The above-described arrangement is useful in connection with multichannel receivers having individually established thresholds in different channels for admitting input signals thereto. Such receivers include means 20, 30 for analyzing the input signal and automatically setting the threshold level for that channel, comprising, for example, an adjustment loop 50 for normalizing a first signal proportional to power of the input signal so that a probability P0 that the normalized first signal exceeds a predetermined power level TH1 equals a first predetermined probability P1, a circuit for determining a probability P2 that the normalized first signal exceeds a second predetermined power level TH2, and a circuit 51 for comparing the second probability P2 with a third predetermined probability P3 that a substantially pure noise signal exceeds the second predetermined power level TH2, said comparison indicating whether or not the input signal is substantially noise only. There is further provided a circuit 29 for combining a noise margin with the noise only signal in each channel to obtain a new threshold level in each channel based on the newly determined noise floor for that channel and one or more gates 291 responsive to the channel threshold level for admitting an input signal to that channel receiver 31 when the input signal exceeds the threshold level.
The above-described apparatus operates according to a method comprising, determining a noise floor input signal by (i) normalizing a first signal proportional to power of the input signal so that a probability P0 that the normalized first signal exceeds a predetermined power level TH1 equals a first predetermined probability P1, (ii) determining a probability P2 that the normalized first signal exceeds a second predetermined power level TH2, and (iii) comparing the second probability P2 with a third predetermined probability P3 that a substantially pure noise signal does or does not exceed the second predetermined power level TH2, this comparison indicating whether or not the input signal is a noise floor signal, and thereafter setting a threshold level exceeding the noise floor signal when the comparison indicates that the input signal is a noise floor signal, and thereafter admitting the input signal to the receiver when the input signal exceeds the threshold level.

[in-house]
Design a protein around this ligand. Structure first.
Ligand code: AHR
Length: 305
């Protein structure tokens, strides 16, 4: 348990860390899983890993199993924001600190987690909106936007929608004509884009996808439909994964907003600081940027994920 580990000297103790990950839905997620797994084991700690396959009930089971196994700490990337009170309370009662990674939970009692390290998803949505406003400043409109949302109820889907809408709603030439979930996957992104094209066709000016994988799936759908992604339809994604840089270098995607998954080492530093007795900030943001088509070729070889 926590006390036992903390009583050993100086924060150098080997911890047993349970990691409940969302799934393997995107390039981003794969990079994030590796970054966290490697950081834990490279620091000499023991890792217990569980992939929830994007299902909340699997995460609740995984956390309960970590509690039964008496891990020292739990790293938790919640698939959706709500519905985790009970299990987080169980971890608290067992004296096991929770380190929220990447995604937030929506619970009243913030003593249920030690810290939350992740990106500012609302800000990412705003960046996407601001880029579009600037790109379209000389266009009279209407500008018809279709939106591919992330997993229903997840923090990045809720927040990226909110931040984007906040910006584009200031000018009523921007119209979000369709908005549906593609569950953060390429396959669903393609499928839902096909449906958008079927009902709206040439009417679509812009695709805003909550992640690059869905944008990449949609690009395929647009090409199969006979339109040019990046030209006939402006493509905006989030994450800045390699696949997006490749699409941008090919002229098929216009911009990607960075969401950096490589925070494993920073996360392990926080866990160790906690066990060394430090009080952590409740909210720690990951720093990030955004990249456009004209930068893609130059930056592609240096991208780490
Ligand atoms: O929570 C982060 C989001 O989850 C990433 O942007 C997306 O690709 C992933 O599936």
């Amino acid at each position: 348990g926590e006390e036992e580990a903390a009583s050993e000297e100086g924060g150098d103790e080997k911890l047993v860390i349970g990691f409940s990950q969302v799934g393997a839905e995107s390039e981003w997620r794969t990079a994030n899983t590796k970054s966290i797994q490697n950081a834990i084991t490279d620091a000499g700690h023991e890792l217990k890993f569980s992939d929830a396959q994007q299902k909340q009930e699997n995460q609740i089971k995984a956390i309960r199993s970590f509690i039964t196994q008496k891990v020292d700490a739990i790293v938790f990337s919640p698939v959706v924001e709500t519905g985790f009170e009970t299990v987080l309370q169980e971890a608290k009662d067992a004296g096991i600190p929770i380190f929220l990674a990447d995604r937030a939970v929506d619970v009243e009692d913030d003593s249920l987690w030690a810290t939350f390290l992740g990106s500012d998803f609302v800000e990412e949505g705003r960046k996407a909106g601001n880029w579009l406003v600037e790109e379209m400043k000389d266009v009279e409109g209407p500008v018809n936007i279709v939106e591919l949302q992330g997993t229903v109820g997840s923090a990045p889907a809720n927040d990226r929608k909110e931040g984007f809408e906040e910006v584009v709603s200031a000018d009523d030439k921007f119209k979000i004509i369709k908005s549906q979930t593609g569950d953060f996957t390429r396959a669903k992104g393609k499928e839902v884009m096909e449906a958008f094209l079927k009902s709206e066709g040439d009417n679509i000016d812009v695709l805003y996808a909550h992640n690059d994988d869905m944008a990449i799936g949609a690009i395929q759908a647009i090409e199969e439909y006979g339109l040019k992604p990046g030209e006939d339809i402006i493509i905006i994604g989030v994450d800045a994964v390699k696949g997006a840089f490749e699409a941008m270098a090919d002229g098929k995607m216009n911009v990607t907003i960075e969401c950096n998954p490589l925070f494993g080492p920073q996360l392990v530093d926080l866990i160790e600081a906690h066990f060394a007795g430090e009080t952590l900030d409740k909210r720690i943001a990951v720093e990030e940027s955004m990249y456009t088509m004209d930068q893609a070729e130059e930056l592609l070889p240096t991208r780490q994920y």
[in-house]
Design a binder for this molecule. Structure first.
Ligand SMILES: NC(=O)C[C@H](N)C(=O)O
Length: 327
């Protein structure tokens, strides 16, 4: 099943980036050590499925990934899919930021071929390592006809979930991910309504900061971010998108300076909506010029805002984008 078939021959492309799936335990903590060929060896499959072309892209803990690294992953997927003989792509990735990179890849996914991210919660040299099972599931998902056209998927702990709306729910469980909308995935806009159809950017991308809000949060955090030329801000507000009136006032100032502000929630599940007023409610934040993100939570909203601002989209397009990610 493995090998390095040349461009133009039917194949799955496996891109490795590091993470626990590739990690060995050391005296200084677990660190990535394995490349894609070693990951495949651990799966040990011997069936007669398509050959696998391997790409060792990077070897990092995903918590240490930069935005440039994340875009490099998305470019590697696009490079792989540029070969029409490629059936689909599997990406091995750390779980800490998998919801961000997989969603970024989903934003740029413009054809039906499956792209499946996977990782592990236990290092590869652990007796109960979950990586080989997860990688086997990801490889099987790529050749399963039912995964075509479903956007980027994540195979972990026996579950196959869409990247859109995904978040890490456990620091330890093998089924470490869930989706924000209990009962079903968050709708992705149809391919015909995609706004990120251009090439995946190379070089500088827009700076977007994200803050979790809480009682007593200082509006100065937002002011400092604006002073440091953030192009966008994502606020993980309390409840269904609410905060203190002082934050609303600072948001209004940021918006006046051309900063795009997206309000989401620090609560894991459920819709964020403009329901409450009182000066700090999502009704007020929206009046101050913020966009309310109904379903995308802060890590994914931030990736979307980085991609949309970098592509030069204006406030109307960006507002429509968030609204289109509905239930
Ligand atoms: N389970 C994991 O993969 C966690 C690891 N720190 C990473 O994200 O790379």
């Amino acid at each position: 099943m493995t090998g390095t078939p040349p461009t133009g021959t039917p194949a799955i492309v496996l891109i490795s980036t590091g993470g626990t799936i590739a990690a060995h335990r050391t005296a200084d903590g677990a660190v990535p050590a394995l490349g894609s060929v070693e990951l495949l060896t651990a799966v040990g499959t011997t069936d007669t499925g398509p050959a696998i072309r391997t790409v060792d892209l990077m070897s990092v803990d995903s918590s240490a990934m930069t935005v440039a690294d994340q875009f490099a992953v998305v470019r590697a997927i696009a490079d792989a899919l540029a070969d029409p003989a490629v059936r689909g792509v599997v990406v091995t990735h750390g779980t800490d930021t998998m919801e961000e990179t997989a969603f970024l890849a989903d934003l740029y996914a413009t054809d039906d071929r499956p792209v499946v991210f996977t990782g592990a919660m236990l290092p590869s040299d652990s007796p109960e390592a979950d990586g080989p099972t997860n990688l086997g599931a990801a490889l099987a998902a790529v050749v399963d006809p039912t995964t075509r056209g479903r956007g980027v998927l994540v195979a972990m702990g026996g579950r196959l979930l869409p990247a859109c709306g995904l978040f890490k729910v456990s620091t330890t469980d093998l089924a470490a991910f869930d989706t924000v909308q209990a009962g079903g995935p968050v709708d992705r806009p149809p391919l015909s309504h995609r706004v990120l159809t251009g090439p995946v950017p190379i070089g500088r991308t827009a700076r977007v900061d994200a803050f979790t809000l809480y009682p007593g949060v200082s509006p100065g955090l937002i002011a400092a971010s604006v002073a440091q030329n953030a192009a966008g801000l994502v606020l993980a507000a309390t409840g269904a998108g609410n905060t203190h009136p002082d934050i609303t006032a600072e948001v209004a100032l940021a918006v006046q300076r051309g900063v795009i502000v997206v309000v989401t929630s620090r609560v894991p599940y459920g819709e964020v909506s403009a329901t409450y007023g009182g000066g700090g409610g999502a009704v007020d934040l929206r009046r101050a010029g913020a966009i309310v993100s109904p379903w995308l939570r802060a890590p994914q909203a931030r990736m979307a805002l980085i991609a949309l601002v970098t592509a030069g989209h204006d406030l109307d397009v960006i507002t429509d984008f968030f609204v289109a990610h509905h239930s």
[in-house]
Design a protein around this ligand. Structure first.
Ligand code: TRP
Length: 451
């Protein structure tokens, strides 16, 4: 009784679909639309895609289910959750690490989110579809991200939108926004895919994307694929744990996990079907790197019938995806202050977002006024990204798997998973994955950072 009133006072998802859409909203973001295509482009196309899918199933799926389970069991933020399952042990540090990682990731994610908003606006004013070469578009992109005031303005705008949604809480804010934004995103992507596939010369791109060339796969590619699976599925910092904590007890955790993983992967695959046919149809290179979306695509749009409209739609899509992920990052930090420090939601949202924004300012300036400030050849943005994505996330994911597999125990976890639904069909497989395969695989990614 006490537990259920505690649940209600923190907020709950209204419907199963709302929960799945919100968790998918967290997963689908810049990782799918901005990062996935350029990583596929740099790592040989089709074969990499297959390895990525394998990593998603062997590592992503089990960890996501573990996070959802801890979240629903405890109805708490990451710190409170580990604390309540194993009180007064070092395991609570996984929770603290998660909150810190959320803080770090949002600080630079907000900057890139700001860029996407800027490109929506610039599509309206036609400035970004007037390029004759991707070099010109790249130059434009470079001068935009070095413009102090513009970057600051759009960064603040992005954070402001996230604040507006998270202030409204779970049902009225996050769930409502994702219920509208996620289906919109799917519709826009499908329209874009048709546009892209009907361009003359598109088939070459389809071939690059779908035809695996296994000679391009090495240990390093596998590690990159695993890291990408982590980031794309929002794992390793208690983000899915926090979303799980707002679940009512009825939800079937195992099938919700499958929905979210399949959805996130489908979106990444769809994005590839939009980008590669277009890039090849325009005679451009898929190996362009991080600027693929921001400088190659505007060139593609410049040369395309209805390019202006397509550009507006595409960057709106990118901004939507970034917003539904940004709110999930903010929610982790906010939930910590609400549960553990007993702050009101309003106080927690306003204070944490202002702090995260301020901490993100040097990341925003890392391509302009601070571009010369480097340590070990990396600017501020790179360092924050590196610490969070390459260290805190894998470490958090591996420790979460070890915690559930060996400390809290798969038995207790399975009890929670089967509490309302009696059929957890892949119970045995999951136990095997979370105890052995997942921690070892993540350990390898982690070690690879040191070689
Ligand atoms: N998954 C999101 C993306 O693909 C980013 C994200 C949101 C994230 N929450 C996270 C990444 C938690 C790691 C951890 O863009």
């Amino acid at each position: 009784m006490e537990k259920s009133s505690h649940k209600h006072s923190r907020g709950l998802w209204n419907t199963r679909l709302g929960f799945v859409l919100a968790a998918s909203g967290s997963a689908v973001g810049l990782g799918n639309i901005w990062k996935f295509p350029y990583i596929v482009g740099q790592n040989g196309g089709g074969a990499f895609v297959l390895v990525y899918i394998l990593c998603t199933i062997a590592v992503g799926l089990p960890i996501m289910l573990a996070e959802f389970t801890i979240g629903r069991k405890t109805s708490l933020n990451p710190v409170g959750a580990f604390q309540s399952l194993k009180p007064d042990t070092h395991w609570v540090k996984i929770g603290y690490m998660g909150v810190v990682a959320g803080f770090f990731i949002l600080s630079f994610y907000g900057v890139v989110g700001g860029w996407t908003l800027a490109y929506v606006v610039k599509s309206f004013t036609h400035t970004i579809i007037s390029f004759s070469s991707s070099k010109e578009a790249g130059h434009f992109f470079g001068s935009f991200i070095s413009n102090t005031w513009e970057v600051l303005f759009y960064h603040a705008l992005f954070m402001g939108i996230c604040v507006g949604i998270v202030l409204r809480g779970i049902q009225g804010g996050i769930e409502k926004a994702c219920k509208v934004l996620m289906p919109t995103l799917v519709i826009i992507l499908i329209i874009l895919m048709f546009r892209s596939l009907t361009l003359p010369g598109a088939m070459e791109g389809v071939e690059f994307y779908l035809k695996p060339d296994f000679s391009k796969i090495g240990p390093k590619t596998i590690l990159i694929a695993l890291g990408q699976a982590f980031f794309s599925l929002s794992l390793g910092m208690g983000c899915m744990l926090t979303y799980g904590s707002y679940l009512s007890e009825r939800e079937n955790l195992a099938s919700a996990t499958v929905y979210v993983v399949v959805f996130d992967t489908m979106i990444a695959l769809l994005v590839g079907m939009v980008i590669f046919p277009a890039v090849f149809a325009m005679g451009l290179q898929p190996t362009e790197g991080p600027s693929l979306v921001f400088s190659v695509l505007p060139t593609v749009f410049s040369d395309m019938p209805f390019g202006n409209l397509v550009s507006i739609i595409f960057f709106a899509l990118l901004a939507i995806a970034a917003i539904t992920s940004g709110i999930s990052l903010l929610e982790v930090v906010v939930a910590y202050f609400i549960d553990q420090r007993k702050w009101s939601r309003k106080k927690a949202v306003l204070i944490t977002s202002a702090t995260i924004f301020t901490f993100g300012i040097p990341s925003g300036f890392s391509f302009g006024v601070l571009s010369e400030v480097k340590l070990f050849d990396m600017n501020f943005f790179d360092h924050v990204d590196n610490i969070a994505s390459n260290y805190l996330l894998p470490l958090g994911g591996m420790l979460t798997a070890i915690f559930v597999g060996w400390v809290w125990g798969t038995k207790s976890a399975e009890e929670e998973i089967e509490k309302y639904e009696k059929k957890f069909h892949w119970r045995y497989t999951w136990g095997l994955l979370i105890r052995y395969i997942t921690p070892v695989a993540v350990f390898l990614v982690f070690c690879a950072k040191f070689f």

Based on the foregoing description, it will be apparent to those of skill in the art that the present invention solves the problems and achieves the purposes set forth earlier, and has substantial advantages as pointed out herein, namely, it provides for automatic determination of the presence of corrupting non-noise signals so that the receiver or receiver channel noise-floor may determined with certainty and the receiver input gate threshold reset based thereon without the corrupting influence of significant non-noise signals. The invention provides improved immunity to variations in receiver properties or ambient noise levels with time and/or from channel to channel so that the noise floor and/or receiver threshold sensitivity can be more accurately determined, and further permits each channel of a multichannel receiver to have dynamic, individually determined detection thresholds for each channel without any sacrifice in individual channel sensitivity.
While the present invention has been described in terms of particular elements, circuits, functions and steps, these choices are for convenience of explanation and not intended to be limiting and, as those of skill in the art will understand based on the description herein, the present invention applies to other choices thereof, and it is intended to include in the claims that follow, these and other variations as will occur to those of skill in the art based on the present disclosure.
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|U.S. Classification||375/317, 327/310, 327/551|
|International Classification||H03G3/20, H03G3/34, H03G3/00, H04B1/10|
|Cooperative Classification||H03G3/3036, H03G3/344, H03G3/00, H04B1/1027|
|European Classification||H03G3/30D, H04B1/10E, H03G3/34C, H03G3/00|